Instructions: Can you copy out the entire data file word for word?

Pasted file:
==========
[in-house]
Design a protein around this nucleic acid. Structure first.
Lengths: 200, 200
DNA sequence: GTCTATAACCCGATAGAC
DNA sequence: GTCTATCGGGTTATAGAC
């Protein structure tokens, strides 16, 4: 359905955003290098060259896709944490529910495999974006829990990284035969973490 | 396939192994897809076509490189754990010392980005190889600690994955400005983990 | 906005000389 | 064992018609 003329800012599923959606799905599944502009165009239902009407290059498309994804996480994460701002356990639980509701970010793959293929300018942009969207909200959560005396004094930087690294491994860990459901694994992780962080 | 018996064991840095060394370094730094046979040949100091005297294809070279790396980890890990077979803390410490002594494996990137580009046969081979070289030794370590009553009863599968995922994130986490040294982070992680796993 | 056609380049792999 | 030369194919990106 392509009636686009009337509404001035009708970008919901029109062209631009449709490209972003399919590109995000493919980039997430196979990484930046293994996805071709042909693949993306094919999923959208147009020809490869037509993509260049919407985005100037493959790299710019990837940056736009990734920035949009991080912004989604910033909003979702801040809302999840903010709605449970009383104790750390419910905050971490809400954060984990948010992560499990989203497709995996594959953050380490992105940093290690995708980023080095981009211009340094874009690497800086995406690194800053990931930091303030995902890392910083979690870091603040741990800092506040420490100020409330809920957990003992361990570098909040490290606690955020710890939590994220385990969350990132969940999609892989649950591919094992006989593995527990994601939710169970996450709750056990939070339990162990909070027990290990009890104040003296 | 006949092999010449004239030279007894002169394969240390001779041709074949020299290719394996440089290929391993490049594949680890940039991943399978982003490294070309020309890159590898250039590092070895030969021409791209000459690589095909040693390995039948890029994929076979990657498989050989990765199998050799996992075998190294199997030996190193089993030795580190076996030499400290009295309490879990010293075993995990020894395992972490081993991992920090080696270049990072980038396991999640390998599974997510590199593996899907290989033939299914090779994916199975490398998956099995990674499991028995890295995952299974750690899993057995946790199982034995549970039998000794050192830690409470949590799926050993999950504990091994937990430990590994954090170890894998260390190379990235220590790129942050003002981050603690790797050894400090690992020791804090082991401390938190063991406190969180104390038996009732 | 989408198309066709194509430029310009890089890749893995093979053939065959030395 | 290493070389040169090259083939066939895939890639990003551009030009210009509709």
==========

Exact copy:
[in-house]
Design a protein around this nucleic acid. Structure first.
Lengths: 200, 200
DNA sequence: GTCTATAACCCGATAGAC
DNA sequence: GTCTATCGGGTTATAGAC
């Protein structure tokens, strides 16, 4: 359905955003290098060259896709944490529910495999974006829990990284035969973490 | 396939192994897809076509490189754990010392980005190889600690994955400005983990 | 906005000389 | 064992018609 003329800012599923959606799905599944502009165009239902009407290059498309994804996480994460701002356990639980509701970010793959293929300018942009969207909200959560005396004094930087690294491994860990459901694994992780962080 | 018996064991840095060394370094730094046979040949100091005297294809070279790396980890890990077979803390410490002594494996990137580009046969081979070289030794370590009553009863599968995922994130986490040294982070992680796993 | 056609380049792999 | 030369194919990106 392509009636686009009337509404001035009708970008919901029109062209631009449709490209972003399919590109995000493919980039997430196979990484930046293994996805071709042909693949993306094919999923959208147009020809490869037509993509260049919407985005100037493959790299710019990837940056736009990734920035949009991080912004989604910033909003979702801040809302999840903010709605449970009383104790750390419910905050971490809400954060984990948010992560499990989203497709995996594959953050380490992105940093290690995708980023080095981009211009340094874009690497800086995406690194800053990931930091303030995902890392910083979690870091603040741990800092506040420490100020409330809920957990003992361990570098909040490290606690955020710890939590994220385990969350990132969940999609892989649950591919094992006989593995527990994601939710169970996450709750056990939070339990162990909070027990290990009890104040003296 | 006949092999010449004239030279007894002169394969240390001779041709074949020299290719394996440089290929391993490049594949680890940039991943399978982003490294070309020309890159590898250039590092070895030969021409791209000459690589095909040693390995039948890029994929076979990657498989050989990765199998050799996992075998190294199997030996190193089993030795580190076996030499400290009295309490879990010293075993995990020894395992972490081993991992920090080696270049990072980038396991999640390998599974997510590199593996899907290989033939299914090779994916199975490398998956099995990674499991028995890295995952299974750690899993057995946790199982034995549970039998000794050192830690409470949590799926050993999950504990091994937990430990590994954090170890894998260390190379990235220590790129942050003002981050603690790797050894400090690992020791804090082991401390938190063991406190969180104390038996009732 | 989408198309066709194509430029310009890089890749893995093979053939065959030395 | 290493070389040169090259083939066939895939890639990003551009030009210009509709």